The job is not without its headaches. Usually Christine spends her entire weekend on the show grounds and lives a life that is a bit like camping out. She keeps a cooler stocked with refreshments and only leaves the grounds in the evenings after things have shut down, to eat dinner at a restaurant nearby, if there is one. Christine constantly has to pull out her feather duster and broom to spiff up her displays. She makes it a practice not to put her show jackets outside of the trailer to keep them pristine, but lets the customers view and try those on inside. And the paper work can be intense. She has to charge different rates of sales tax at just about every location as it differs from county to county, city to city. At the drop of a hat she often has to pull out her tape measure.
“Does this browband fit a warmblood?” clients would ask as they lovingly pulled out one of the many she had for sale for $16.
“Let me see,” she’d offer. “Yes, it’s sixteen inches long. That should do it.” I learned that 14 inches meant cob size and 15 inches was horse size which was also called “full size.”
She allows customers to run a tab over the weekend and usually experiences a “rush” in sales on the last day as competitors dash in to settle up with her, sometimes forming a line so they can pay up. But the traffic through her trailer is constant throughout the shows, with clients touching, looking, and trying on her many items. If someone needs a whip or spurs that morning, she allows them to dash and go.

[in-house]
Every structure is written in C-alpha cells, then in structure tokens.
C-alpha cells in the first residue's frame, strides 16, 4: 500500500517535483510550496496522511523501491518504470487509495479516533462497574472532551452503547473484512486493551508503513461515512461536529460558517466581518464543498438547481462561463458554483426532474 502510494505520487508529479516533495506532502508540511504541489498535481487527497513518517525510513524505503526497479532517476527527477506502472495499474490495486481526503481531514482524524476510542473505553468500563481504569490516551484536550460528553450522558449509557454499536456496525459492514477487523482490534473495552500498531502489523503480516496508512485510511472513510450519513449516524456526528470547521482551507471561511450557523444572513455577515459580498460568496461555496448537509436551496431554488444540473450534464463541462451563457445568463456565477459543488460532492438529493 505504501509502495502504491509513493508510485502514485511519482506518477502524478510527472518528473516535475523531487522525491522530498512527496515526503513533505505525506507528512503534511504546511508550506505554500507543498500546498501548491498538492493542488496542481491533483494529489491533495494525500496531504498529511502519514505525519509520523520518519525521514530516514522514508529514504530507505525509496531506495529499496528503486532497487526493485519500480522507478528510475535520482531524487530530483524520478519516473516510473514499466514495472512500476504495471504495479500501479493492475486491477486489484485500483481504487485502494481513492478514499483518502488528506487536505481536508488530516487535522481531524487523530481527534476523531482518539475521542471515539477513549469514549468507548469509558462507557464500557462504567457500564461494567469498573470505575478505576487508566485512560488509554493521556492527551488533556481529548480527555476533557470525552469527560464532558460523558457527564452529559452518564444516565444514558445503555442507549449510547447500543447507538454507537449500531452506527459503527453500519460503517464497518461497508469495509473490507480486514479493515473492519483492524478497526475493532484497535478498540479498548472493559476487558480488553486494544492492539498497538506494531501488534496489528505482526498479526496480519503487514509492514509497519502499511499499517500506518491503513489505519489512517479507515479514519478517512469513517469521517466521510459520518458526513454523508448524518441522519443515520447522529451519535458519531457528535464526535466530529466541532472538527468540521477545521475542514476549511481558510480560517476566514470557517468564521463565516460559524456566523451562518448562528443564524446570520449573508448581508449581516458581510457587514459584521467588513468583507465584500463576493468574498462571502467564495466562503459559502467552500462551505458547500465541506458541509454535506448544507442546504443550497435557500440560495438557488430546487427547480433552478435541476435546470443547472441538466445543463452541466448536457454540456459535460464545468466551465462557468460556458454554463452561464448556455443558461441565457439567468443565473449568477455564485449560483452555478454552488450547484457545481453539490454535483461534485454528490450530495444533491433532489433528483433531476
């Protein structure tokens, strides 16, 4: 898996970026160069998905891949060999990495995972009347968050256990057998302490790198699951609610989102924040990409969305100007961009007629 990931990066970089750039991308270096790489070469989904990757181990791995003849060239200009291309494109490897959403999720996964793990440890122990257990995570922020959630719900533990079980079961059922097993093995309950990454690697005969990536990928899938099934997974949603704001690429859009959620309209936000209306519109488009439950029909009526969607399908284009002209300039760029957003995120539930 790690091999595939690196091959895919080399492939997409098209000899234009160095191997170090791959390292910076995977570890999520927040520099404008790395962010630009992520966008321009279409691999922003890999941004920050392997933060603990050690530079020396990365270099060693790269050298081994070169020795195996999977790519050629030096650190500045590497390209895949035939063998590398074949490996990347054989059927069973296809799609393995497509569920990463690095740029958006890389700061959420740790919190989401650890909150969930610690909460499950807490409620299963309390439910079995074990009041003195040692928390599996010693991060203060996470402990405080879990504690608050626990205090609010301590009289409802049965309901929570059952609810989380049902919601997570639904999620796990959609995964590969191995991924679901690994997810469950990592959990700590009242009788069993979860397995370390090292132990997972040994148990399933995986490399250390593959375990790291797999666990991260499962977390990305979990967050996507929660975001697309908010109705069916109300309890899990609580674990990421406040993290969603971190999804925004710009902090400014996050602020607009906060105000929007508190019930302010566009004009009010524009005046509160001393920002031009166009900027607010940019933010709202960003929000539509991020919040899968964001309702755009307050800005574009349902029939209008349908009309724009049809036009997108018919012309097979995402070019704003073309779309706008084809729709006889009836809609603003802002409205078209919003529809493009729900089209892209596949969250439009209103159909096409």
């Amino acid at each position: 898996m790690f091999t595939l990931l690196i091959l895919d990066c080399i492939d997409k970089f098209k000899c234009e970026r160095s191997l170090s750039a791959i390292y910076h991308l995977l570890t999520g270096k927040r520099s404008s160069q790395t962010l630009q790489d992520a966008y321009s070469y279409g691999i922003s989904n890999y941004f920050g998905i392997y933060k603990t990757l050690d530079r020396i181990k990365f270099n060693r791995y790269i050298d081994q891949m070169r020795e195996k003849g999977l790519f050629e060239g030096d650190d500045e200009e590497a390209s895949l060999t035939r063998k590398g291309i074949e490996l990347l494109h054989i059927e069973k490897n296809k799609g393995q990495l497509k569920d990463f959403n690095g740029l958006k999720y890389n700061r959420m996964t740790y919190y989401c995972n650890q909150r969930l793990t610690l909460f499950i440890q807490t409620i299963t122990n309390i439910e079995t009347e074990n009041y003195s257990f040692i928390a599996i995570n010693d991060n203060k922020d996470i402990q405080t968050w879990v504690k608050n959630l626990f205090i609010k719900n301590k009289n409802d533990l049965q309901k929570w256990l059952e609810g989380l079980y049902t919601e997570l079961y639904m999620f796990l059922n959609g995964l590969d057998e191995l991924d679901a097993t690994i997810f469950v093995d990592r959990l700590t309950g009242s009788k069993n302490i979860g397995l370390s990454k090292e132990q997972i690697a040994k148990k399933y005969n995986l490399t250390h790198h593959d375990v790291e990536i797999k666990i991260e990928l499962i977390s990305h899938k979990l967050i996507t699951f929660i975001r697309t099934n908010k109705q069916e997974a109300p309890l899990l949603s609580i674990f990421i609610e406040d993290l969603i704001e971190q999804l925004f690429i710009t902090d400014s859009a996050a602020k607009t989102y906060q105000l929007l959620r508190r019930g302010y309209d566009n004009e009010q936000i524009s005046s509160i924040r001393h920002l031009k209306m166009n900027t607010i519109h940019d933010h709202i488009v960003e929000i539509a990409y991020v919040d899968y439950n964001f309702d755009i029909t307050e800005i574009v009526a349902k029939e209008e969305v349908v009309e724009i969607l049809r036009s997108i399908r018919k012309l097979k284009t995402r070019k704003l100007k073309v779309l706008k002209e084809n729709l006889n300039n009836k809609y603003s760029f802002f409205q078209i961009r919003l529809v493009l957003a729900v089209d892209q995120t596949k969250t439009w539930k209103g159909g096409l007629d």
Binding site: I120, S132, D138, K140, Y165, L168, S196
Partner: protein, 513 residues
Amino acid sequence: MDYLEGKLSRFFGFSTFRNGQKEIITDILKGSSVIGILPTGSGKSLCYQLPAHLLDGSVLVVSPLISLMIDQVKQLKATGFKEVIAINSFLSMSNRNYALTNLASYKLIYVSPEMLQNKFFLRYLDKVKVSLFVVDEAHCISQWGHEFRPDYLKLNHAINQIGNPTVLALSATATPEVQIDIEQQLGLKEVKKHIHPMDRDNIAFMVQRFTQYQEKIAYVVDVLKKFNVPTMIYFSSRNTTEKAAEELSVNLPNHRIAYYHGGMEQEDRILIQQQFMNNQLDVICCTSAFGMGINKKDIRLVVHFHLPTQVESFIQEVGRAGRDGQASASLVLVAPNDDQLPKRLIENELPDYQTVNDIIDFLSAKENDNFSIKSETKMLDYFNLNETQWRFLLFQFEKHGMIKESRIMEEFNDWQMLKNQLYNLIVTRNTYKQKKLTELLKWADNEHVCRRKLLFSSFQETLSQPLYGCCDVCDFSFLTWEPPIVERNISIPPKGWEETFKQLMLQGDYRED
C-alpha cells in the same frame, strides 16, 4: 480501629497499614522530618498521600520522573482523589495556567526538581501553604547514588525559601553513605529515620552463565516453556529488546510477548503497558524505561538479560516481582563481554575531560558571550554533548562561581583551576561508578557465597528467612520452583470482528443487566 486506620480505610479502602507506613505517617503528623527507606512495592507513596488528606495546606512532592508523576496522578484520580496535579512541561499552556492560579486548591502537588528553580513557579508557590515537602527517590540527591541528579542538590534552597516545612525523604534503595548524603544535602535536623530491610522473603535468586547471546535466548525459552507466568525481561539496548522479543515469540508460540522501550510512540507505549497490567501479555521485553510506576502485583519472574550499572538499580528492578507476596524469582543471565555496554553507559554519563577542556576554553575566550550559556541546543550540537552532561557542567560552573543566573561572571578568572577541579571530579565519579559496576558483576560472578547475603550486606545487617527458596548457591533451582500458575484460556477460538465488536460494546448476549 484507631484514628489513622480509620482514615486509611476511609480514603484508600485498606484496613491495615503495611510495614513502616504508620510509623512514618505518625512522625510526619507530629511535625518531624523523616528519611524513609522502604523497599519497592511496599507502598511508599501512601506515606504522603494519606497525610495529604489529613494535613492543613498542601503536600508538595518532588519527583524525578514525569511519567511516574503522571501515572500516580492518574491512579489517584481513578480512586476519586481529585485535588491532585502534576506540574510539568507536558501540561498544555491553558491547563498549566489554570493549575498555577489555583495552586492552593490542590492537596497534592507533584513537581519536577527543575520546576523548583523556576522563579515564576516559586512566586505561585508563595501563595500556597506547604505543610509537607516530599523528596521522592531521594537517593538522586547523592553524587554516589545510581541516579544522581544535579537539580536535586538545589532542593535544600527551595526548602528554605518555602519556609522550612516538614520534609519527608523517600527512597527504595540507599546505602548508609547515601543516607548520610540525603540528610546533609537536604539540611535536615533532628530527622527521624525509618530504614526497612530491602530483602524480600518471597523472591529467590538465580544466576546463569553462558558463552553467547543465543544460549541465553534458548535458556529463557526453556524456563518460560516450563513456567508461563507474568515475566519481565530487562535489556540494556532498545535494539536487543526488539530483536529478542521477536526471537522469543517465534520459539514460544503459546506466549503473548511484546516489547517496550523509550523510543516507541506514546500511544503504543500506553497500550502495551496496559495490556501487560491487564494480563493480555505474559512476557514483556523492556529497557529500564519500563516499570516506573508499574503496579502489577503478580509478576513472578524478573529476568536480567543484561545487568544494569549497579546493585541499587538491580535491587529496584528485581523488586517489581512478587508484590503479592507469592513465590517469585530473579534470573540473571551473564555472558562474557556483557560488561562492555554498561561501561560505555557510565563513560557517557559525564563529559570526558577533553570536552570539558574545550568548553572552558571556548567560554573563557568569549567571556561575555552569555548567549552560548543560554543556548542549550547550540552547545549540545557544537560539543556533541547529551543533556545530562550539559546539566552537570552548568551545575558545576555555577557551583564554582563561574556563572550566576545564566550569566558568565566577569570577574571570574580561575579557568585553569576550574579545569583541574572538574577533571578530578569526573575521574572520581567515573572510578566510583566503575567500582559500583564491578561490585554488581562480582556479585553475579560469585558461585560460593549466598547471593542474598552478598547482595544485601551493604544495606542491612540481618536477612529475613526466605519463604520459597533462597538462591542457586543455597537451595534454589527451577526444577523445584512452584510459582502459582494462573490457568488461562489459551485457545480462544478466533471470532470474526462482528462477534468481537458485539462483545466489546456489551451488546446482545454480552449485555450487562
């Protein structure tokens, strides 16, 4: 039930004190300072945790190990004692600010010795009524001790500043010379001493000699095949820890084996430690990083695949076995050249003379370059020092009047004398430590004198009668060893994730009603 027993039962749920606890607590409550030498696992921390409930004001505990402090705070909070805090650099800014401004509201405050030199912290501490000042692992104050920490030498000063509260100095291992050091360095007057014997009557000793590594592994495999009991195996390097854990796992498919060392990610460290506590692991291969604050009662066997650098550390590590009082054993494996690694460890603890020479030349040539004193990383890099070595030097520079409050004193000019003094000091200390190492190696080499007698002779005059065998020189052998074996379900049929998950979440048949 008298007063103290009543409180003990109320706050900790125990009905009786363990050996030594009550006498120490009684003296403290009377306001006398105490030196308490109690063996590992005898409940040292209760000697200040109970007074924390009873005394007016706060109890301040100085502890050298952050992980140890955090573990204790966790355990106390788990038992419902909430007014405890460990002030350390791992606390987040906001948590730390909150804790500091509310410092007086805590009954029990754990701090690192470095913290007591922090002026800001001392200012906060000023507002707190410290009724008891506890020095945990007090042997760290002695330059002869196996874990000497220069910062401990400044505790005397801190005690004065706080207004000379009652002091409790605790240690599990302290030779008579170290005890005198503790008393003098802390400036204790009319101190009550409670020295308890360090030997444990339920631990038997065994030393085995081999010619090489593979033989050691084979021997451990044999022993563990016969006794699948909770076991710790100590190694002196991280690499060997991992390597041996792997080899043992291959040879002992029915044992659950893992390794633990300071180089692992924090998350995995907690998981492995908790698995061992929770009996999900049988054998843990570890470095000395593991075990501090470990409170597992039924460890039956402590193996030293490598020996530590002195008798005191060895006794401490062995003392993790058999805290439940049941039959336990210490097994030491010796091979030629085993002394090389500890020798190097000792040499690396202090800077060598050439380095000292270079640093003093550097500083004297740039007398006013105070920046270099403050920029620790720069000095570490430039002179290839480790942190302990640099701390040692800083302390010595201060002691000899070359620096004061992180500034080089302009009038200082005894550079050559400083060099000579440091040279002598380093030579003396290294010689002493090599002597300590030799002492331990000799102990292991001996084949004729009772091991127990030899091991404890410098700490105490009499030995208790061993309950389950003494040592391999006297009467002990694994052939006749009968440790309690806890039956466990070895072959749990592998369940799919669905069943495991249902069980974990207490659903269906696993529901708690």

Each year, if they can afford to do so, she or her sister attend the huge annual trade show, The Stanley International Western and English Marketplace, that is designed precisely for folks in their line of business. “It used to be in King of Prussia,” Christine explained. “Now it’s held in Atlantic City, New Jersey, twice a year.” They stay abreast of the current fashions and trends, a fact I could tell her clients appreciated. The entire weekend consisted of names like “Ovation, Arista, Dansko” being bantered about. The language is precise. A dressage whip can only be 43 inches long if it is used in the show ring. Clients wanted to know if a whip was “legal or not.” She had even had piaffe whips in two different colors.
“Look at this bridle,” one customer from Oklahoma remarked admiringly
“The jowl strap is laced in with the headstall, which means less pressure
on the poll.” Any “normal person” wouldn’t have a
clue what that customer was talking about. Christine did though, and could
further extol the virtues of the $145 black bridle with its padded cavesson
as she took down the customer’s order.
Christine Munoz of Bridle Suite of Texas, English Tack and Apparel, can be reached at (512) 218-9001, 1802 Aster Way, Round Rock, TX 78664. Her email address is none other than firstname.lastname@example.org.
Happy shopping, y’all!